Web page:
Gotti (not to be confused with the 1996 film of the same name starring Armand Assante) is a 2018 biographical film about New York City mobster John Gotti starring John Travolta in the lead role. Directed by Kevin Connolly, it was released on June 15, 2018.
The film talks about the life of mob boss John Gotti a.k.a. "The Teflon Don" and his son.
Why It Sucks
- The movie went through development hell, taking 8 years, 4 directors, and 44 producers to make, and the result is a mess.
- Bad writing:
- The movie is basically a large collection of mob movie clichés and doesn't try to do anything new with them.
- Incoherent plot, which basically consists of a number of barely-connected scenes just strung together.
- Overall, these problems make the film extremely boring.
- Poor pacing; scenes either drag out for too long, or pass too quickly.
- Despite how bad the real John Gotti was, the movie seems to portray him in a positive light.
- The movie's distributor likely tried to boost the movie's rating via review stuffing.
- The ad campaign for the film actually called out the detractors by calling them "trolls".
- Spence Lofranco was completely miscast as old John Gotti Jr, as the old person makeup applied to him was laughable.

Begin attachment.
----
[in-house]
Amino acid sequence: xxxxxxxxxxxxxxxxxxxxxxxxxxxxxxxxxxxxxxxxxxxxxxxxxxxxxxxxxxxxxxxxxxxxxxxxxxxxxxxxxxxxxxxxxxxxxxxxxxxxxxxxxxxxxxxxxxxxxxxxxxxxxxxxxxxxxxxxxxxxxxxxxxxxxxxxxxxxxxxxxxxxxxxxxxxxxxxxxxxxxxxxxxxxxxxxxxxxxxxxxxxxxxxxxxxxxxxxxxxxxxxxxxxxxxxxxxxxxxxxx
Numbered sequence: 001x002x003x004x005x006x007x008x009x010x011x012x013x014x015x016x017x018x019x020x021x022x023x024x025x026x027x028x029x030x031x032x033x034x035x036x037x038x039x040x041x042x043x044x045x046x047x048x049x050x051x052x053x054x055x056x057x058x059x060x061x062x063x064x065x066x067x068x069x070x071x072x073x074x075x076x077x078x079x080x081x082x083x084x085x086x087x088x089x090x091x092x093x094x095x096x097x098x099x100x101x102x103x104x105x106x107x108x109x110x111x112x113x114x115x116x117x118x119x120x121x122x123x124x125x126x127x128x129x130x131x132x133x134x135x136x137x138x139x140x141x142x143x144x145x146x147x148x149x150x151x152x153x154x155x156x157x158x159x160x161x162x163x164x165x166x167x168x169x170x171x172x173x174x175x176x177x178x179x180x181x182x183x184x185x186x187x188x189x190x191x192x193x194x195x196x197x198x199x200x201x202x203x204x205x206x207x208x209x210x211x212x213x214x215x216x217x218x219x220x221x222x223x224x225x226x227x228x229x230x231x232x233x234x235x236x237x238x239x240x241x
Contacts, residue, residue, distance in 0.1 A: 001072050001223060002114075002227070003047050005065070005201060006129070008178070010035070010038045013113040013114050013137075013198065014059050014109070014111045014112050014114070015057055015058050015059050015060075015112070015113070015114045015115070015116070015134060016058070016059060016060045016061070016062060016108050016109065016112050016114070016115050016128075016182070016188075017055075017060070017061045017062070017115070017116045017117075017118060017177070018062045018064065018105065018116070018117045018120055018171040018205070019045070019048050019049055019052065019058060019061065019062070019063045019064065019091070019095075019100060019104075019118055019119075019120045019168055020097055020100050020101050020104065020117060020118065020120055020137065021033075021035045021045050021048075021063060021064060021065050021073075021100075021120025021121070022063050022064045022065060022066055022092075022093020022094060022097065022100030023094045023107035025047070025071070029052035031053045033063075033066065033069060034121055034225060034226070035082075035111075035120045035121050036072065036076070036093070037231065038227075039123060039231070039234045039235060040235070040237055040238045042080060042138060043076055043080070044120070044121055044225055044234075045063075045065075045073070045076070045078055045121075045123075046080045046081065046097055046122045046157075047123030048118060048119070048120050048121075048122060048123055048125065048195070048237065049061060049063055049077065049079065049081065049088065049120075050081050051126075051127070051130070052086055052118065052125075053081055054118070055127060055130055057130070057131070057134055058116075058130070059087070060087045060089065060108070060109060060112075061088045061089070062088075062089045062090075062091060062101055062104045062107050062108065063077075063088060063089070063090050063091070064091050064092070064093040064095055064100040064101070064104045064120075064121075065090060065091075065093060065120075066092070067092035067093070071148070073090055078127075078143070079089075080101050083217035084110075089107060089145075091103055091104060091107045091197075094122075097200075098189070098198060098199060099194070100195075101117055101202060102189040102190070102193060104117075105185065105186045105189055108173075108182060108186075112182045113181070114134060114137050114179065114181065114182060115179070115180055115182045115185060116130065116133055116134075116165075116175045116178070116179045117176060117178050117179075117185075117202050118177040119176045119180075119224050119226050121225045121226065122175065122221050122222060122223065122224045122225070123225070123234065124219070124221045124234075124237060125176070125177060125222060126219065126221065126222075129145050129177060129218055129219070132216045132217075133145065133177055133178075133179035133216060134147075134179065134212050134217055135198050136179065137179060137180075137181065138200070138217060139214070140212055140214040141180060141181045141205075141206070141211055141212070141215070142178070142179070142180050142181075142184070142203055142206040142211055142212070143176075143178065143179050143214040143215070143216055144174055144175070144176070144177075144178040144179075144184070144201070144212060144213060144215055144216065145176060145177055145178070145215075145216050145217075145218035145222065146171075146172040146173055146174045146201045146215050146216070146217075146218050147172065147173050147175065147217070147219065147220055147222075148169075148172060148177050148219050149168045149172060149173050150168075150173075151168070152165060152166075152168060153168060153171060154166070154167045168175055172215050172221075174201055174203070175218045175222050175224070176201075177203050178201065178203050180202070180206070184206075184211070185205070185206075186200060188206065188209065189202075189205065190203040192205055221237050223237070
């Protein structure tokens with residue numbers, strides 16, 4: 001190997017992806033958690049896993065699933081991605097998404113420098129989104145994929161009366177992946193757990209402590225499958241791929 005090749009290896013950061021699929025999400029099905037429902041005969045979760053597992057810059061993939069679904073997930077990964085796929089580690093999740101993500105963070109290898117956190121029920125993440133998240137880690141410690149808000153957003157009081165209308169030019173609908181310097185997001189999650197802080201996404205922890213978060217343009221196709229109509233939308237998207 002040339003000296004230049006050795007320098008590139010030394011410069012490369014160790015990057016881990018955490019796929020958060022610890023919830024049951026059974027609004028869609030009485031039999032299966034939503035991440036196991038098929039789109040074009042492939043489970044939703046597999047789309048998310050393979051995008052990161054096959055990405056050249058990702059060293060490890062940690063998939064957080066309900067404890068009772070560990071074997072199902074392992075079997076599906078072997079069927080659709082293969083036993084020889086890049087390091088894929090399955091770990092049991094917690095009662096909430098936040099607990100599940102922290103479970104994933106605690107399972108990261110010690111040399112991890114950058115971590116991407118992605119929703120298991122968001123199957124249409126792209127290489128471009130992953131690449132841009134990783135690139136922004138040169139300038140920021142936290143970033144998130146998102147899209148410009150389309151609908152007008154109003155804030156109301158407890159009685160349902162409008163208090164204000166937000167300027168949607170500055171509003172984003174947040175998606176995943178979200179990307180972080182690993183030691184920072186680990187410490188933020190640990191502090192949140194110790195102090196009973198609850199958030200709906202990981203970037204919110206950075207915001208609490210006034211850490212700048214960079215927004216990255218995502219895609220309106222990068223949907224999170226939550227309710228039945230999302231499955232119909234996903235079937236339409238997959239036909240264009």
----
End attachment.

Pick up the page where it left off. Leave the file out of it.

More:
The Only Redeeming Quality
- It had a potential for being a somewhat decent semi-biographical film about John Gotti.
Gotti was universally panned by critics and filmgoers, who lamented the writing, aesthetics and performances, although its use of makeup received some praise and received a rare 0% on Rotten Tomatoes, and the website's critical consensus reads, "Fuhgeddaboudit.", with a 24 out of 100 Metacritic score.
It was noted that a number of people noticed the large disparity between the critic and audience reviews (an 80% rating from audiences), and the abnormally high number of reviews. It was later noted most of the reviews were first-time reviewers, many of which had also reviewed American Animals, which was also owned by the movie's distributor, MoviePass.
- This was the final film to star Kelly Preston that was released in her lifetime before her death in 2020, nearly 2 years after the film's release.
- While the film was still in development, there were plans to have Al Pacino and Joe Pesci co-star in the film.